Failure to lock up your garbage could result in a fine from the Conservation Officer Service, says Bear Aware Coordinator Sue Davies.
Under section 33.1 (1) of the Wildlife Act, a person who leaves a substance that could attract dangerous wildlife can face a fine of up to &100,000 and up to one year in prison. If the matter is dealt with by a violation ticket, the first offense is $345.
“There have been several reports of bears so far this season,” she said in a statement released Monday night, April 20. “They’ve been reported in Johnson Heights, downtown and in the Big Eddy, and, in most cases they are already getting into garbage.”
Garbage is the number one attractant for bears and leads to the animals becoming far more likely to act aggressively towards humans.
“Last year bears that had become used to eating garbage became very aggressive on several occasions,” said Davies. “In one instance a bear that had been feeding on garbage tried to break open some glass doors while the family were in the house. On many other occasions last year bears entered houses, broke property, and were aggressive towards either humans or pets. We don’t want a repeat of last year.”
The only way to reduce the conflict that garbage can cause is to keep it away from bears.
“Bears that feed on one person’s garbage are not just a problem for that one person either,” Davies said. “A garbage bear is a big problem for the whole neighbourhood, and when it comes to dealing with them, an ounce of prevention is better than a pound of cure. That’s the reason why the Conservation Officers are able to issue fines to people who consistently leave their garbage unsecured. After last year, when 10 bears were destroyed, the Conservation Officers will be getting tough on people who leave their garbage accessible to bears, she said.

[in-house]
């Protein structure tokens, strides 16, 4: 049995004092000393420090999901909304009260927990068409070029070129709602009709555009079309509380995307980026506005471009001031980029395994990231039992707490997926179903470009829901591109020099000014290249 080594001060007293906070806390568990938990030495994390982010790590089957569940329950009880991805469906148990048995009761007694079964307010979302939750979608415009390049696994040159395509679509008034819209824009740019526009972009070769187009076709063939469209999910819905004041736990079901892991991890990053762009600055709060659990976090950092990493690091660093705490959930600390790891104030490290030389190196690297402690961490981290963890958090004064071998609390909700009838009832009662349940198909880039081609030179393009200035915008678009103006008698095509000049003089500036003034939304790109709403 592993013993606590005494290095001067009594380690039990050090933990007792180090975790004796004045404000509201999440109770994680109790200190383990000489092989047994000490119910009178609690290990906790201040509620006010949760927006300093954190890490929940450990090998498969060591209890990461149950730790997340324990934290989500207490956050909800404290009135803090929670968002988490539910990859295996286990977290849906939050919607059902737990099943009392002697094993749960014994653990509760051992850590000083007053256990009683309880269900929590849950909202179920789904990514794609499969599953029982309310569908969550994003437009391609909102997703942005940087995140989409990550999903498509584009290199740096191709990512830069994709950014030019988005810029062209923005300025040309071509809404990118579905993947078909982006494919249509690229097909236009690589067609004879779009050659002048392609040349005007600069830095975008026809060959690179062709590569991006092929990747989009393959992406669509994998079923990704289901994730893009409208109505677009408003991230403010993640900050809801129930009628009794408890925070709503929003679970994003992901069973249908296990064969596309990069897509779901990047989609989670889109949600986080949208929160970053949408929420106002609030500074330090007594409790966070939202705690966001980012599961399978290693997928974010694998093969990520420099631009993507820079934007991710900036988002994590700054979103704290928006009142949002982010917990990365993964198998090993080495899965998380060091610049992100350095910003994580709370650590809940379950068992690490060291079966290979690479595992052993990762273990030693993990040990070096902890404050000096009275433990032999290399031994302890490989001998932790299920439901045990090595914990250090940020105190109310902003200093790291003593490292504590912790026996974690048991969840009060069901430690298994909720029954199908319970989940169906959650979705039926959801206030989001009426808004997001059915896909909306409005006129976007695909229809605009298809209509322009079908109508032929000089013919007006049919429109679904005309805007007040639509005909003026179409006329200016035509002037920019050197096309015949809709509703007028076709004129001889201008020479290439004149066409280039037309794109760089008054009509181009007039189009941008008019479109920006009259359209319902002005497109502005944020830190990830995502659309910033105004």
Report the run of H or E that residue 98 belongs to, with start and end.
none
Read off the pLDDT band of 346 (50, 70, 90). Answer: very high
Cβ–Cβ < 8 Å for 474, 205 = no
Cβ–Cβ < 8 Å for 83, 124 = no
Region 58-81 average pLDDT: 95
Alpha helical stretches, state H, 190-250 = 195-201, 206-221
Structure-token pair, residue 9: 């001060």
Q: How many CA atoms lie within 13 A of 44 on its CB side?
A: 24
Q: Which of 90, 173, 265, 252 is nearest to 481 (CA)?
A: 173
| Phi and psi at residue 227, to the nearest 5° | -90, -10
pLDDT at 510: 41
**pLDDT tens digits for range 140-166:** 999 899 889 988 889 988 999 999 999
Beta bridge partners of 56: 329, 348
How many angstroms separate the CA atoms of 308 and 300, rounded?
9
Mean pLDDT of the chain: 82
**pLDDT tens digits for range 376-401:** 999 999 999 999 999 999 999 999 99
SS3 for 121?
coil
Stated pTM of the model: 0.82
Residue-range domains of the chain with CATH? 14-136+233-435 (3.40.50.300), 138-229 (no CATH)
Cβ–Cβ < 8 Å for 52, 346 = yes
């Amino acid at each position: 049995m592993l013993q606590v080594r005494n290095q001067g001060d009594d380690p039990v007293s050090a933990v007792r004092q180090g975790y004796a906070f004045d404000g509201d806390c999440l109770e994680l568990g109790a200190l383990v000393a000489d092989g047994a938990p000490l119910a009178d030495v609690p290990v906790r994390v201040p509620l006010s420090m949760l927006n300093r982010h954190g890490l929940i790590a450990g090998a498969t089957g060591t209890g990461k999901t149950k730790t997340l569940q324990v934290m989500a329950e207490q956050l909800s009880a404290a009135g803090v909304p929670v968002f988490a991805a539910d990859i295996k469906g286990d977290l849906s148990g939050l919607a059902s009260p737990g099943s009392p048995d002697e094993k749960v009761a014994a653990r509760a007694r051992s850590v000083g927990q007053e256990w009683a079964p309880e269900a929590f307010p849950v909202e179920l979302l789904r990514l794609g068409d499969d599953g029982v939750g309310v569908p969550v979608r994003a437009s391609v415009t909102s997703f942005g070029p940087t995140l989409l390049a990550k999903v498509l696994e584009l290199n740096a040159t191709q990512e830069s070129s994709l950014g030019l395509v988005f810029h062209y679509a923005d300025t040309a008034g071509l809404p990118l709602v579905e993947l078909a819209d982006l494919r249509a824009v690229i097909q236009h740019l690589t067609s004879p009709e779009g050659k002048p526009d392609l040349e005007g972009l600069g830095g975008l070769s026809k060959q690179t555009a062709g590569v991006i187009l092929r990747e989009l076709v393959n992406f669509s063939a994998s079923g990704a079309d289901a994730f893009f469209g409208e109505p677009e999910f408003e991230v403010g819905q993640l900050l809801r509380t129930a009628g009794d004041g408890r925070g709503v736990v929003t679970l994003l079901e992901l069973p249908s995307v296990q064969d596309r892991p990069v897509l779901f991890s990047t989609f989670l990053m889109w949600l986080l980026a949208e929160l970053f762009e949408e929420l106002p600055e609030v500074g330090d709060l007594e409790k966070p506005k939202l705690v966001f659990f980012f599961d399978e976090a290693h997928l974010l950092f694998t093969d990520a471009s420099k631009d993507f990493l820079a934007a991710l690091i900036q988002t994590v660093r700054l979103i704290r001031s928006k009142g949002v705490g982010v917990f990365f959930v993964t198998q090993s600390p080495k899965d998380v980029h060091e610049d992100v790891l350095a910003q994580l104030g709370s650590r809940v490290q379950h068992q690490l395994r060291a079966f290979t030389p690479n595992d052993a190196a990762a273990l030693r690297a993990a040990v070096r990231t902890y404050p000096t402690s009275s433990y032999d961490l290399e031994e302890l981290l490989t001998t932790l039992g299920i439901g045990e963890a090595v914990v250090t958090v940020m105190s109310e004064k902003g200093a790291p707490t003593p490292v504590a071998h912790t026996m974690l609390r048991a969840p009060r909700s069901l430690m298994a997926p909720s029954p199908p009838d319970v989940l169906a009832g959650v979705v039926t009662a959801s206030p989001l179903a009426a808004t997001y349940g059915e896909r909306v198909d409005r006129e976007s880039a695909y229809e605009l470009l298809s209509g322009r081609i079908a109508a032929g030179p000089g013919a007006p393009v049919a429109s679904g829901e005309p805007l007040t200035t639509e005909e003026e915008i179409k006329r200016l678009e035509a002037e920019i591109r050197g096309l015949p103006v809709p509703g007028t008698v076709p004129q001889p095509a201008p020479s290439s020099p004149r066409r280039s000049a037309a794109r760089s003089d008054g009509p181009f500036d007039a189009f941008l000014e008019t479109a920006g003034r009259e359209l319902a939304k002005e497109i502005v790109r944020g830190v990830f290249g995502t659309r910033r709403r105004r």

“We’ll be conducting a spring garbage tagging campaign over the next few weeks,” Davies said. “Garbage left at the curb the night before collection will be tagged with a bright yellow sticker. Please heed the stickers and only put your garbage out after 6 am on collection day, and — please — store it securely the rest of the week too.”
The City’s Solid Waste and Recycling Bylaw (#2006) states that garbage cans must be secured from wildlife during the week, and that they should only be put at the curb between 6am and midnight on collection day.
For the sake of the whole neighbourhood, and to avoid getting a fine, lock up your garbage in a shed, garage, or indoors until collection day.
For more information about reducing conflict with bears please see www.revelstokebearaware.org. To receive and share valuable local information about bear activity in Revelstoke, like Bear Aware on Facebook at www.Facebook.com/revelstokebearaware. To report bear sightings or conflicts with bears please call the 24-hour hotline at 1-877-952 RAPP (7277).